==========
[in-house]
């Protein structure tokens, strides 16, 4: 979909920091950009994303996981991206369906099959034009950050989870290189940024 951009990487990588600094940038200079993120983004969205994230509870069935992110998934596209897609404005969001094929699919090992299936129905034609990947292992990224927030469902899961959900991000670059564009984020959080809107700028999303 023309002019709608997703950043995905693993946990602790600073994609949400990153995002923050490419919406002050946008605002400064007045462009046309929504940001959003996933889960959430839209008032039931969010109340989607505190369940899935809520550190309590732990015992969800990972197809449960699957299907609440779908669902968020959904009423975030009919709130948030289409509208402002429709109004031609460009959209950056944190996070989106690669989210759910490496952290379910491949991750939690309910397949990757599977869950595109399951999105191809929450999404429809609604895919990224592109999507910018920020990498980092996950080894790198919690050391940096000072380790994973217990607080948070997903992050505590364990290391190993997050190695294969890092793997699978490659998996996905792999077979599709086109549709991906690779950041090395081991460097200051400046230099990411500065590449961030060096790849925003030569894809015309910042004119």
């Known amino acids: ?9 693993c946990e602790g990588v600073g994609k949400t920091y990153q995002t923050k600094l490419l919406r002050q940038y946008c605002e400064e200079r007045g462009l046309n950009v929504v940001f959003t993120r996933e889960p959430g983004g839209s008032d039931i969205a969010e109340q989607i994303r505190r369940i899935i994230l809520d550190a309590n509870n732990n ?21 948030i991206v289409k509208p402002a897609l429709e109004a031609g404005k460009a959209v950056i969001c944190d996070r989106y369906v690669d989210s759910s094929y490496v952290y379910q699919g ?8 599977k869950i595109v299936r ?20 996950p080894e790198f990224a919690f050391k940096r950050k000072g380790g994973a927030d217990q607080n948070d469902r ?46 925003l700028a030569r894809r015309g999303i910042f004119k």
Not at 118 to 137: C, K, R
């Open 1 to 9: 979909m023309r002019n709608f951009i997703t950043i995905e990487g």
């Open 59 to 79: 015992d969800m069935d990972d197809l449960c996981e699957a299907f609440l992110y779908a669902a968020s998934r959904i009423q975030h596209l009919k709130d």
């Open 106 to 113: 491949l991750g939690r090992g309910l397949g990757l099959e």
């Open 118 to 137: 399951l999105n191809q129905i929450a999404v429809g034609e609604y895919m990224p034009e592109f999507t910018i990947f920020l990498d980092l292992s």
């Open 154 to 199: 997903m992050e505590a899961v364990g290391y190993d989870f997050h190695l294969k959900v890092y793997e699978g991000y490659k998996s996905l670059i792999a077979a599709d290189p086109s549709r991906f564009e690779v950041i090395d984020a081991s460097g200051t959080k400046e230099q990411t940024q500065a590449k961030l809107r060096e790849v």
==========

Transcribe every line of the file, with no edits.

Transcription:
[in-house]
């Protein structure tokens, strides 16, 4: 979909920091950009994303996981991206369906099959034009950050989870290189940024 951009990487990588600094940038200079993120983004969205994230509870069935992110998934596209897609404005969001094929699919090992299936129905034609990947292992990224927030469902899961959900991000670059564009984020959080809107700028999303 023309002019709608997703950043995905693993946990602790600073994609949400990153995002923050490419919406002050946008605002400064007045462009046309929504940001959003996933889960959430839209008032039931969010109340989607505190369940899935809520550190309590732990015992969800990972197809449960699957299907609440779908669902968020959904009423975030009919709130948030289409509208402002429709109004031609460009959209950056944190996070989106690669989210759910490496952290379910491949991750939690309910397949990757599977869950595109399951999105191809929450999404429809609604895919990224592109999507910018920020990498980092996950080894790198919690050391940096000072380790994973217990607080948070997903992050505590364990290391190993997050190695294969890092793997699978490659998996996905792999077979599709086109549709991906690779950041090395081991460097200051400046230099990411500065590449961030060096790849925003030569894809015309910042004119």
């Known amino acids: ?9 693993c946990e602790g990588v600073g994609k949400t920091y990153q995002t923050k600094l490419l919406r002050q940038y946008c605002e400064e200079r007045g462009l046309n950009v929504v940001f959003t993120r996933e889960p959430g983004g839209s008032d039931i969205a969010e109340q989607i994303r505190r369940i899935i994230l809520d550190a309590n509870n732990n ?21 948030i991206v289409k509208p402002a897609l429709e109004a031609g404005k460009a959209v950056i969001c944190d996070r989106y369906v690669d989210s759910s094929y490496v952290y379910q699919g ?8 599977k869950i595109v299936r ?20 996950p080894e790198f990224a919690f050391k940096r950050k000072g380790g994973a927030d217990q607080n948070d469902r ?46 925003l700028a030569r894809r015309g999303i910042f004119k």
Not at 118 to 137: C, K, R
């Open 1 to 9: 979909m023309r002019n709608f951009i997703t950043i995905e990487g």
């Open 59 to 79: 015992d969800m069935d990972d197809l449960c996981e699957a299907f609440l992110y779908a669902a968020s998934r959904i009423q975030h596209l009919k709130d």
């Open 106 to 113: 491949l991750g939690r090992g309910l397949g990757l099959e």
């Open 118 to 137: 399951l999105n191809q129905i929450a999404v429809g034609e609604y895919m990224p034009e592109f999507t910018i990947f920020l990498d980092l292992s």
């Open 154 to 199: 997903m992050e505590a899961v364990g290391y190993d989870f997050h190695l294969k959900v890092y793997e699978g991000y490659k998996s996905l670059i792999a077979a599709d290189p086109s549709r991906f564009e690779v950041i090395d984020a081991s460097g200051t959080k400046e230099q990411t940024q500065a590449k961030l809107r060096e790849v």